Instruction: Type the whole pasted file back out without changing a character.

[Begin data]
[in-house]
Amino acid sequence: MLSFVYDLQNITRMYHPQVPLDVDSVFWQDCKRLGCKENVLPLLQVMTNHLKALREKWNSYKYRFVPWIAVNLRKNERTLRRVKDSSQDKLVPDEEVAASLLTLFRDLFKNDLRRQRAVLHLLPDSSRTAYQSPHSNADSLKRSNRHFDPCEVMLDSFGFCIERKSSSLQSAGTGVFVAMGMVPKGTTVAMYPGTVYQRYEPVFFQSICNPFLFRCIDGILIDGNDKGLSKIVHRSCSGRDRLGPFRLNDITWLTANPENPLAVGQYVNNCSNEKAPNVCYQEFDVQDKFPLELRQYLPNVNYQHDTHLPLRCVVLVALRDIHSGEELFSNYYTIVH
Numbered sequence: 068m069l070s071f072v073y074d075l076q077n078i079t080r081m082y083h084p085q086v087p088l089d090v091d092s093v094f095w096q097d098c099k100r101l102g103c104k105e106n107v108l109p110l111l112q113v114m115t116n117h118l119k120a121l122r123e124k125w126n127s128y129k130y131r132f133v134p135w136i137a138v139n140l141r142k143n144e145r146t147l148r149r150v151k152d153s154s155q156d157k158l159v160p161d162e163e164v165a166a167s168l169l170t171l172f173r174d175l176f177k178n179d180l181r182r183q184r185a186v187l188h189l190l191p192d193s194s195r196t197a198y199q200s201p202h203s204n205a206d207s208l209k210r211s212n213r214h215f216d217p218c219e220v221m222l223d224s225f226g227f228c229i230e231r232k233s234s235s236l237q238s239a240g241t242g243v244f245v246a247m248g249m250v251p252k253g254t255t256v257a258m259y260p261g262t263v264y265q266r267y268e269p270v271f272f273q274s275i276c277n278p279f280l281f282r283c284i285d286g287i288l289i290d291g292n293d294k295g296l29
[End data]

[in-house]
Amino acid sequence: MLSFVYDLQNITRMYHPQVPLDVDSVFWQDCKRLGCKENVLPLLQVMTNHLKALREKWNSYKYRFVPWIAVNLRKNERTLRRVKDSSQDKLVPDEEVAASLLTLFRDLFKNDLRRQRAVLHLLPDSSRTAYQSPHSNADSLKRSNRHFDPCEVMLDSFGFCIERKSSSLQSAGTGVFVAMGMVPKGTTVAMYPGTVYQRYEPVFFQSICNPFLFRCIDGILIDGNDKGLSKIVHRSCSGRDRLGPFRLNDITWLTANPENPLAVGQYVNNCSNEKAPNVCYQEFDVQDKFPLELRQYLPNVNYQHDTHLPLRCVVLVALRDIHSGEELFSNYYTIVH
Numbered sequence: 068m069l070s071f072v073y074d075l076q077n078i079t080r081m082y083h084p085q086v087p088l089d090v091d092s093v094f095w096q097d098c099k100r101l102g103c104k105e106n107v108l109p110l111l112q113v114m115t116n117h118l119k120a121l122r123e124k125w126n127s128y129k130y131r132f133v134p135w136i137a138v139n140l141r142k143n144e145r146t147l148r149r150v151k152d153s154s155q156d157k158l159v160p161d162e163e164v165a166a167s168l169l170t171l172f173r174d175l176f177k178n179d180l181r182r183q184r185a186v187l188h189l190l191p192d193s194s195r196t197a198y199q200s201p202h203s204n205a206d207s208l209k210r211s212n213r214h215f216d217p218c219e220v221m222l223d224s225f226g227f228c229i230e231r232k233s234s235s236l237q238s239a240g241t242g243v244f245v246a247m248g249m250v251p252k253g254t255t256v257a258m259y260p261g262t263v264y265q266r267y268e269p270v271f272f273q274s275i276c277n278p279f280l281f282r283c284i285d286g287i288l289i290d291g292n293d294k295g296l29